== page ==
on one side an emblematical device and on the other 
the following inscription : " To William Shipley 
whose public spirit gave rise to this society."* Mr. 
Shipley was also eminent for his researches in na- 
tural philosophy. Previously to his residence in this 
town, he had been a painter in London, where he 
formed a school for the teaching of drawing, which 
is allowed to have conduced in a great degree to 
the establishment of the Royal Academy, many of 
the first and eminent masters of which had been 
students in Mr. Shipley's school. He died in 1803, 
at the age of 89 years, and was buried near the north- 
western corner of the parish church. 

William Woolett, the prince of engravers, was born 
in Maidstone in the year 1735. The house in which 
he was born is still standing in King-street, being 
the house on the eastern side of the passage leading 
to Mrs. Duke's alms-houses. It is said that he was a 
waiting boy at the Turk's-head public-house, in the 
Rose-yard, High-street, and that he made his first es- 
say in the art in which he afterwards excelled all his 
predecessors, and has not since been equalled, by 
scratching a head on one of the pewter pots of the 
house, and that the boldness of the drawing attract- 
ing attention, led to his being apprenticed to an en- 

* An engraving was made of this medal ; a copy is in the 
writer's possession, which was presented to his father by 3Ir. 


graver. Woolett was engraver to George the III. 
His works are very numerous, and now sell at very 
high prices. Those generally considered his best are,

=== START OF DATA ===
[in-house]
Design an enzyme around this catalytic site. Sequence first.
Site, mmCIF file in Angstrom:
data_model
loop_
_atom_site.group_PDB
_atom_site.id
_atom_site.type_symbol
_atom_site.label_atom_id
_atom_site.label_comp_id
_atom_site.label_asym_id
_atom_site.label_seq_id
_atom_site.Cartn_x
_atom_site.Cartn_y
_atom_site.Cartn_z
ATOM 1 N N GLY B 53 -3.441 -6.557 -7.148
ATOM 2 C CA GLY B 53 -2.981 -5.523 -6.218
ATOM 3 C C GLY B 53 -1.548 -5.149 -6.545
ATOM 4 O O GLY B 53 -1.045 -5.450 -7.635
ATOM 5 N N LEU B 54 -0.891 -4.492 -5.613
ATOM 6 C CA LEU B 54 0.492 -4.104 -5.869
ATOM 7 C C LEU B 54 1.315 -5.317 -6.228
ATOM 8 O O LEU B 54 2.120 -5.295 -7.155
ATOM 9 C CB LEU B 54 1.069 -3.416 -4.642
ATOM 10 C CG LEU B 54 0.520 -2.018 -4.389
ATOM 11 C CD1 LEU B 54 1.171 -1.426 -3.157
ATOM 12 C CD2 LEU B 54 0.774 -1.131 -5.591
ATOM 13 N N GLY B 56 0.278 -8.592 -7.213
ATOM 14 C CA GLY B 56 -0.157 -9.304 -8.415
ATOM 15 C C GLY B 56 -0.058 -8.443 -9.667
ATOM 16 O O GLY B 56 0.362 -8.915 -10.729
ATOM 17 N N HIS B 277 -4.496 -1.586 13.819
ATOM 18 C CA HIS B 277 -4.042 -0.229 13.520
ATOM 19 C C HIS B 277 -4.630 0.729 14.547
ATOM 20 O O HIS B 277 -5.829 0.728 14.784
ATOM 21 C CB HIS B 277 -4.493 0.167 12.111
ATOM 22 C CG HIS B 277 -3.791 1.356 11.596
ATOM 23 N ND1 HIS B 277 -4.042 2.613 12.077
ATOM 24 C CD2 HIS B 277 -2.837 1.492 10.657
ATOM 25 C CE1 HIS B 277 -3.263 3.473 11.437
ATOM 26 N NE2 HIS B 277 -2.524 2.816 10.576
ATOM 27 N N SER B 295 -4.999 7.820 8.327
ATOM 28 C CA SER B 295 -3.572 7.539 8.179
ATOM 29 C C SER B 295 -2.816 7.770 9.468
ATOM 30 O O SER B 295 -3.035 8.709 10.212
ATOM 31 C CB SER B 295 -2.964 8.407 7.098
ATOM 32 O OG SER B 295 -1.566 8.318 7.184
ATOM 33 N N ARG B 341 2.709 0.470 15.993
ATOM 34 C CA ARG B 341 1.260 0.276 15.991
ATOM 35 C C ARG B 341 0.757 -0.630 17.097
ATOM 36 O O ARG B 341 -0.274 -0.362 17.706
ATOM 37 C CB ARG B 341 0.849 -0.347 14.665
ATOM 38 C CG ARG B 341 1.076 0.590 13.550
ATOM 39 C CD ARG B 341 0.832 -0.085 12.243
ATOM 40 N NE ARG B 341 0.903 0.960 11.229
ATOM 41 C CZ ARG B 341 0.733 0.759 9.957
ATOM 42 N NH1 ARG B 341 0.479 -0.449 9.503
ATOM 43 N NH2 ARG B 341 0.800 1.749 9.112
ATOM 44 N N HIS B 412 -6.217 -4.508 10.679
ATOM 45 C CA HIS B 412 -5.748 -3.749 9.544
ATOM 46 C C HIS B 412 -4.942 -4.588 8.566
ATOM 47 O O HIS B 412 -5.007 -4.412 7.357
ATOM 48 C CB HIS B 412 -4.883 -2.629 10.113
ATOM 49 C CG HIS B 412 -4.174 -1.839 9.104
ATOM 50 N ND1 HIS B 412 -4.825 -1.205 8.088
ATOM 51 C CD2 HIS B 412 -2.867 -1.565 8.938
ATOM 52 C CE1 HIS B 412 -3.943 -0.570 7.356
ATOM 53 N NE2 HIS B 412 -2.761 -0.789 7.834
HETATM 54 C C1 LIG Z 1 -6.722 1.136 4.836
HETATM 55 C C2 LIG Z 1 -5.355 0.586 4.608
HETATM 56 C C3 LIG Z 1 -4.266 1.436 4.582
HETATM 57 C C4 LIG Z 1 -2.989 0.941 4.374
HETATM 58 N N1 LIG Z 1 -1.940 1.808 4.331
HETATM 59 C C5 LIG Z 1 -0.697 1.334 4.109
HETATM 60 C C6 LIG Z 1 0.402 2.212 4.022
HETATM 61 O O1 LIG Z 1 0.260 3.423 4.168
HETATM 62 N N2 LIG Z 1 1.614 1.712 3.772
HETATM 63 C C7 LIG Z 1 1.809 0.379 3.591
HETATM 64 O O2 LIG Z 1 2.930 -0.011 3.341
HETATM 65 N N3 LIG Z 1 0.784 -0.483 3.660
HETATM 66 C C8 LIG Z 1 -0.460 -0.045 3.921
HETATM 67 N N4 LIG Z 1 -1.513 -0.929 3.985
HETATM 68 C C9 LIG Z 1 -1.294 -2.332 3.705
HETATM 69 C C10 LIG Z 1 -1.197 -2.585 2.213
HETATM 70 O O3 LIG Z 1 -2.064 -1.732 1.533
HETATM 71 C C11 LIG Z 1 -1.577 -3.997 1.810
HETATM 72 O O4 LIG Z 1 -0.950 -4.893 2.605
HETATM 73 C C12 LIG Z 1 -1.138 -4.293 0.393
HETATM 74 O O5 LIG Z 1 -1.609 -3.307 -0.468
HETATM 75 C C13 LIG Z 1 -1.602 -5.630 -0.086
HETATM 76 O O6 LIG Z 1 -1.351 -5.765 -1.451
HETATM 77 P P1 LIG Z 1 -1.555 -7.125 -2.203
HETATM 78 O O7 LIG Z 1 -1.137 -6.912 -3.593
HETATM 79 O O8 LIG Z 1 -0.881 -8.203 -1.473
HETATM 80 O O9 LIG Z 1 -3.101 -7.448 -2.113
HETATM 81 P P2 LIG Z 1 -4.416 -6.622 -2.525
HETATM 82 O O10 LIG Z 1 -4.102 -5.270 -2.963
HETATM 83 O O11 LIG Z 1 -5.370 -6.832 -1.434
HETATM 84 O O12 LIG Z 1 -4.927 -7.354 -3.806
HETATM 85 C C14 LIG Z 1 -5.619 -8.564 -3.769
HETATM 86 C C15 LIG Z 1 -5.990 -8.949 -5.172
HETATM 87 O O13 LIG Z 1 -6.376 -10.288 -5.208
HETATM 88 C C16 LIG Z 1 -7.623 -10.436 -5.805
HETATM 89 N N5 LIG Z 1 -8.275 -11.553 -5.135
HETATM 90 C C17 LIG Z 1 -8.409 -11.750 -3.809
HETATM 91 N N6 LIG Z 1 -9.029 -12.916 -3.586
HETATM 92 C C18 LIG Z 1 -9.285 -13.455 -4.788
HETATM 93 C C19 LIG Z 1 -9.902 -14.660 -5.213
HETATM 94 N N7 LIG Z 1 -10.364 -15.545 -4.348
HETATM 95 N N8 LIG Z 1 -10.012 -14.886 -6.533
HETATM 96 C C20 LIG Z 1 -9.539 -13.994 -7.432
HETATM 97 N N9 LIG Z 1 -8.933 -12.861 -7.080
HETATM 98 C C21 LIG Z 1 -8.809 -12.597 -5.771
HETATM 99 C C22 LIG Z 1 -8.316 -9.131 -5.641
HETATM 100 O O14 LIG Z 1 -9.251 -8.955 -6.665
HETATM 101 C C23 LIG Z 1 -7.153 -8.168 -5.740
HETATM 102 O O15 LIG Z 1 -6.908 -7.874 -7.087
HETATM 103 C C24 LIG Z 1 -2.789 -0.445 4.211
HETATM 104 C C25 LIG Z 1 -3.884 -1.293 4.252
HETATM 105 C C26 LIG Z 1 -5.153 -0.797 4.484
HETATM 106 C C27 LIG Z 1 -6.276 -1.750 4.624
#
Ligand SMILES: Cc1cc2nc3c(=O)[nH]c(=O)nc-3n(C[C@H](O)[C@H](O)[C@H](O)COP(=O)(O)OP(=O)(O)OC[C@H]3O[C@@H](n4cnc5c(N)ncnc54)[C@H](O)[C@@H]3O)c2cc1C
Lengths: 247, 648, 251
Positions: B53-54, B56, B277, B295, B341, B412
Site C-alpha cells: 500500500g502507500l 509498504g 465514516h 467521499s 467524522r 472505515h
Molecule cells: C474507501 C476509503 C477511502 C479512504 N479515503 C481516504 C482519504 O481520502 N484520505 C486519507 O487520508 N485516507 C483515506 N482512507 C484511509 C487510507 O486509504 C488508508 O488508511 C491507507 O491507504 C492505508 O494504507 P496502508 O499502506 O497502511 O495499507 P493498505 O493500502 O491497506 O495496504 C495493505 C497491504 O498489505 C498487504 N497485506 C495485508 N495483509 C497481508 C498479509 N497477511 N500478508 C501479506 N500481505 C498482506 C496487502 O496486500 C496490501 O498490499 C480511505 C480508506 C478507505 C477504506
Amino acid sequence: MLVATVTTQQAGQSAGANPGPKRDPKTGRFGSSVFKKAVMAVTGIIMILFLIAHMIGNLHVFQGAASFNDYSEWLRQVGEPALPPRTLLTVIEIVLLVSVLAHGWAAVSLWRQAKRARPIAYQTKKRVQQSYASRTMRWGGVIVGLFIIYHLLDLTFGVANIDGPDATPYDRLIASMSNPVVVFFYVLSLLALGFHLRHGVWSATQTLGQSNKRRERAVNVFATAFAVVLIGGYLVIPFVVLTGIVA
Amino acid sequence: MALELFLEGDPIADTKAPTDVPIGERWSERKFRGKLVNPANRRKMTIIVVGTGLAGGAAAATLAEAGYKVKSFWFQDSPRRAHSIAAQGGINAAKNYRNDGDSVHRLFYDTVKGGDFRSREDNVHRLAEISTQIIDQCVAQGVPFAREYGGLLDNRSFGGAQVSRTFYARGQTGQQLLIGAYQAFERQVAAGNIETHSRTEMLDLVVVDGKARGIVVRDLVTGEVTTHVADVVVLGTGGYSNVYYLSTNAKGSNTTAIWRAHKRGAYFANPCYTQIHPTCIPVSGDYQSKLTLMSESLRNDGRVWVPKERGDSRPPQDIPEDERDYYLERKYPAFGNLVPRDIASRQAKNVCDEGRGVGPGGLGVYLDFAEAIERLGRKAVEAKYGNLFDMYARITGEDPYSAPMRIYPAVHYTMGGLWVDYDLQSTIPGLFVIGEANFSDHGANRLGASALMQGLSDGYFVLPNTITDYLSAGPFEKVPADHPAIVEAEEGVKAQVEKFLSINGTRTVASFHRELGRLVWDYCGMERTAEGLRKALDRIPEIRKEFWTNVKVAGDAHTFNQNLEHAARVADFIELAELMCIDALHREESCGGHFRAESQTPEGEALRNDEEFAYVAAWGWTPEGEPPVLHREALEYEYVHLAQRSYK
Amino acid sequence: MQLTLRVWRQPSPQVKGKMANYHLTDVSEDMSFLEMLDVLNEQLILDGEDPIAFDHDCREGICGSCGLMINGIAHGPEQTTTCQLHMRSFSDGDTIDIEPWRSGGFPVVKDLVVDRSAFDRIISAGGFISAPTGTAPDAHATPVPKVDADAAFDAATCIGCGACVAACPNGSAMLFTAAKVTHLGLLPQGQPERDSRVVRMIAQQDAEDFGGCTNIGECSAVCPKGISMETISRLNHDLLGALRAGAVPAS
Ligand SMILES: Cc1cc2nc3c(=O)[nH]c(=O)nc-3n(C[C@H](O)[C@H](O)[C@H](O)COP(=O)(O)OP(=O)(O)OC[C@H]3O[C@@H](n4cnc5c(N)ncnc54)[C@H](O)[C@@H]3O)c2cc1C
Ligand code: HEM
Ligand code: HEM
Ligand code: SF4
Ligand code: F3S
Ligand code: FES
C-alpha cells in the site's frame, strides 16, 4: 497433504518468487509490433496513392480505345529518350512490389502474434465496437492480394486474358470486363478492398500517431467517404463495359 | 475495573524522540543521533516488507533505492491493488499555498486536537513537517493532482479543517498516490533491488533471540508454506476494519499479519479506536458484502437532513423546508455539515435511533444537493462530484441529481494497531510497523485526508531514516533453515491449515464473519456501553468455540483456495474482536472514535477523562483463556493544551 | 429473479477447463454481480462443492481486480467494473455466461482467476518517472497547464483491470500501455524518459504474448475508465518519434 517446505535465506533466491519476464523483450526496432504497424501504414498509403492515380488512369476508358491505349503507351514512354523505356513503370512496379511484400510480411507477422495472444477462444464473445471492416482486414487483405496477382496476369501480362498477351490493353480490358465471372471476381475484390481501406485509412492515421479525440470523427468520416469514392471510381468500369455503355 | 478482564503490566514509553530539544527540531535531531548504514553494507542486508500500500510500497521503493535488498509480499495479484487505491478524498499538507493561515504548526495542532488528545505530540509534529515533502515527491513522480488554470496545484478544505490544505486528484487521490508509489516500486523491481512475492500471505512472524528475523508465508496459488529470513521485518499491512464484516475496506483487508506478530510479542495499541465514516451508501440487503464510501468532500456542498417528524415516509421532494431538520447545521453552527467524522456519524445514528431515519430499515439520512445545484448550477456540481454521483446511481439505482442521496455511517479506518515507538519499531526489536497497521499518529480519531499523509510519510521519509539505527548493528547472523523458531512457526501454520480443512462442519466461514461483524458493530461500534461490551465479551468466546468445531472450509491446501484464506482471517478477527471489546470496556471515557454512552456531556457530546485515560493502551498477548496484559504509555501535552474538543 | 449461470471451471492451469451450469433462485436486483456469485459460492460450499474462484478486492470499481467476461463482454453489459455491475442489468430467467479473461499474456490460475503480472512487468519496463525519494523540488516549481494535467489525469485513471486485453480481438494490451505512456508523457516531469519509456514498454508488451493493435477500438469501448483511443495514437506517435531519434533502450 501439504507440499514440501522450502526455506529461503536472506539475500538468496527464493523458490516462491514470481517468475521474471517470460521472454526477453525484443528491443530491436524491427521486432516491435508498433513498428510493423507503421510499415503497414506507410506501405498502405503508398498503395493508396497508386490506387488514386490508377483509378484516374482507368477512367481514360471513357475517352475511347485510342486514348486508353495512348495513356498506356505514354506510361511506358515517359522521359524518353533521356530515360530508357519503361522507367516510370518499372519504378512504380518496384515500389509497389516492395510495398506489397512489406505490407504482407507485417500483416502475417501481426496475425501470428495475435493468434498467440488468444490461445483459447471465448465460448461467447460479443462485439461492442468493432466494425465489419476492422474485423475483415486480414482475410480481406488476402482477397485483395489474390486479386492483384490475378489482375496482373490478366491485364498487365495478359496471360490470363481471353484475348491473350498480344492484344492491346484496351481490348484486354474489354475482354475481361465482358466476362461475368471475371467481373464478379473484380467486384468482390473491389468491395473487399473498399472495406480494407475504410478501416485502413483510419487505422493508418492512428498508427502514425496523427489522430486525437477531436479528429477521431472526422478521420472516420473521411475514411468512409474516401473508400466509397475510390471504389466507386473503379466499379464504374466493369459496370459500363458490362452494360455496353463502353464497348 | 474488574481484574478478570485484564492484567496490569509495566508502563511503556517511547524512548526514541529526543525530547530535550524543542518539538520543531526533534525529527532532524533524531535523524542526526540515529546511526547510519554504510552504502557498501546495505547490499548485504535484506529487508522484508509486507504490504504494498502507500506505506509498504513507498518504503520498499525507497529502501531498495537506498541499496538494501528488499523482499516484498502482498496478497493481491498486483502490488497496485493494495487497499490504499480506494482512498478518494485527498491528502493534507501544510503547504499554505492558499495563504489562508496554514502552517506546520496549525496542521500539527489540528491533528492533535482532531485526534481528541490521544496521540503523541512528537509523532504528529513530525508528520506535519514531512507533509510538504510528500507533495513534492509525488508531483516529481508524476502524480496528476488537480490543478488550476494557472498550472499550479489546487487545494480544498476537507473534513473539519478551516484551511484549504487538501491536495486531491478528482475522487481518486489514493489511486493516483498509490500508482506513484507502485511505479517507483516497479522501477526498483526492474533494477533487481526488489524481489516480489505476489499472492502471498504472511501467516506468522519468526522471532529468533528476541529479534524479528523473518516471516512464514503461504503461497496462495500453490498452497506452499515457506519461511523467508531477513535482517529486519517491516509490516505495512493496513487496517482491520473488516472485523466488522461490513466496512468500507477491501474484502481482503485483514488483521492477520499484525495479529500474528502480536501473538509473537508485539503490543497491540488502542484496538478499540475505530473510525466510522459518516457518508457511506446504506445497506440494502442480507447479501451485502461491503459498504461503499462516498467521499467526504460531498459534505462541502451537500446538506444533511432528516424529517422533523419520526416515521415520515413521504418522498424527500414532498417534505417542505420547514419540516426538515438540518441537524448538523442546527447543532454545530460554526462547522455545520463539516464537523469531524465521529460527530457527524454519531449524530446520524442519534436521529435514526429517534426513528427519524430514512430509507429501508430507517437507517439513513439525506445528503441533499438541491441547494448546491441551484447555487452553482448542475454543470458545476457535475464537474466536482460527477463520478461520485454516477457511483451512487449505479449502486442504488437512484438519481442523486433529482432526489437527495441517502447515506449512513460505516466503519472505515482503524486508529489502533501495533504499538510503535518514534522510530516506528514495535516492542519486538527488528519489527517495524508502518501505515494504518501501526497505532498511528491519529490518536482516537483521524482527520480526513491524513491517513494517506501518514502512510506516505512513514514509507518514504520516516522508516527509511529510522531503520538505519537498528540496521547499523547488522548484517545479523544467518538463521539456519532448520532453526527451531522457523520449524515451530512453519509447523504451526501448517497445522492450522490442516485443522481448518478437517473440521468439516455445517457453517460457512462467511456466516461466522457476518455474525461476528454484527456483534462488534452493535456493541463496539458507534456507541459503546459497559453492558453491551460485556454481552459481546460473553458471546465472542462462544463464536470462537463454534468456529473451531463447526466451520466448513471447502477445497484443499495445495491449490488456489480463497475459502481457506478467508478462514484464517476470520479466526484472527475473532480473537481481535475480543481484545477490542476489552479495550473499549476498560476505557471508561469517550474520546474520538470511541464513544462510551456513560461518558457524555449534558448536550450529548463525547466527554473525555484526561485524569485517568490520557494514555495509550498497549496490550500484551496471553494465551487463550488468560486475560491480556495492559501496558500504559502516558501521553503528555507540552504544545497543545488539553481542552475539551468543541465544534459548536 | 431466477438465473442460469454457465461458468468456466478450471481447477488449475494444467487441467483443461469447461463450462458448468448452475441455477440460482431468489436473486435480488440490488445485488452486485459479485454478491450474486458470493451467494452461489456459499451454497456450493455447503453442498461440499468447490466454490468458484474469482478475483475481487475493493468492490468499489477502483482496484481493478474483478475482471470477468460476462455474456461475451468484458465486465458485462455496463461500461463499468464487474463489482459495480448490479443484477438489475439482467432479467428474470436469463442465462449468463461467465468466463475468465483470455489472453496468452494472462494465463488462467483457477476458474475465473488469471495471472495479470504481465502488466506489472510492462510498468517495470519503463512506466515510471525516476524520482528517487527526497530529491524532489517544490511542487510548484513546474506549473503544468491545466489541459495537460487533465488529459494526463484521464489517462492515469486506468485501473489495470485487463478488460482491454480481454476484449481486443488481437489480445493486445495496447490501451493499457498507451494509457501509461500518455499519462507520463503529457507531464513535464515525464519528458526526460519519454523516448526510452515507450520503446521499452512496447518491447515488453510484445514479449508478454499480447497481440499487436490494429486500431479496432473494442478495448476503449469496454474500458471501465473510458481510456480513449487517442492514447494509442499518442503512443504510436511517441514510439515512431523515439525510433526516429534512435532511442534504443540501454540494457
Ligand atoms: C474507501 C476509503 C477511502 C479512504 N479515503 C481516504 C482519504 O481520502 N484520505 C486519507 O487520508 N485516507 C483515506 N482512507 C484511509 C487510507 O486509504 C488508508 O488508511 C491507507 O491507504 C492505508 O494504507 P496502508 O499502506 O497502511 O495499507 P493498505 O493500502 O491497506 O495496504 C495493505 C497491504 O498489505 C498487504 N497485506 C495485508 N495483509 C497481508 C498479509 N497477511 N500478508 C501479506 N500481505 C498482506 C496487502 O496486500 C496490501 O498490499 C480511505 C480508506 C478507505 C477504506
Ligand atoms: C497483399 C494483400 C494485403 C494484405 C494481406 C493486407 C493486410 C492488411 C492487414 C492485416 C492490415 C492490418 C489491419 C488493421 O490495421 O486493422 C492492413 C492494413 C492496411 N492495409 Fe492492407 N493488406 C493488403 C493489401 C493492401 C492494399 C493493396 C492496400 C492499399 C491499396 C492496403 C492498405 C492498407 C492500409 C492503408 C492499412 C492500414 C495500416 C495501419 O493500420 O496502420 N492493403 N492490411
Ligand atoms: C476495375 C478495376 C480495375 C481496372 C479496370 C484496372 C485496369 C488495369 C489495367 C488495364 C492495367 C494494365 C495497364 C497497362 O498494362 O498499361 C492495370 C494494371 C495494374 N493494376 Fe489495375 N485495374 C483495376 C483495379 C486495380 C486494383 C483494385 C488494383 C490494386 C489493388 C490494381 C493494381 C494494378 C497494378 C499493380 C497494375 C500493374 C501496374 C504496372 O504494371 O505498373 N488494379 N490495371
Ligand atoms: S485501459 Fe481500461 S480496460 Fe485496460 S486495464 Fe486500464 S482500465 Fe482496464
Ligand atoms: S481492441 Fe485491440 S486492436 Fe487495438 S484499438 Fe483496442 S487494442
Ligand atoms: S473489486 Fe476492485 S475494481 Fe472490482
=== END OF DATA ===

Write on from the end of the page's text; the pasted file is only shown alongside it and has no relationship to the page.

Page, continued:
the death of General Wolfe, after West ; the Fishery, 
after Wright ; and Niobe after Wilson ; of which 
proof impressions are valued at from £10 to £20. 
Woolett died in 1785, in the 50th year of his age, 
and was buried in St. Pancras' church-yard. There 
is a fine cenotaph, by Banks, erected to his memory 
in the cloisters of Westminster abbey. 

William Jefferys, whom I have before notieed as 
the painter of the altar-piece in the parish church, 
was a native of Maidstone. He was in business in 
town as a general painter, and consequently had but 
little time or opportunity to cultivate his talent for the 
more refined pursuits of the art. He however ac- 
quired some celebrity by his fruit and flower pieces, 
which were exhibited in the rooms of the Royal Aca- 
demy. He died in 1805. 

James Jefferys, the son of William, was also born 
here : he greatly excelled his father in talent as a 
painter. He was first placed under the celebrated 
Woolett, but afterwards studied in the Royal Aca- 
demy, where, in 1773, being then about twenty-three 
years of age, he obtained the annual gold medal for 
the best historical picture. In 1775 he was sent 
to Rome, and remained abroad four years at the 
cost of the establishment. On his return he set- 
tled in Meard-street, Soho. He painted the scene 
before Gibraltar, representing the destruction of 
the floating batteries, on the 16th of September, 
1782 and this is considered his master-piece: it 


was engraved by Woolett and Ernes. James Jefferys 
was particularly celebrated for his masterly pen-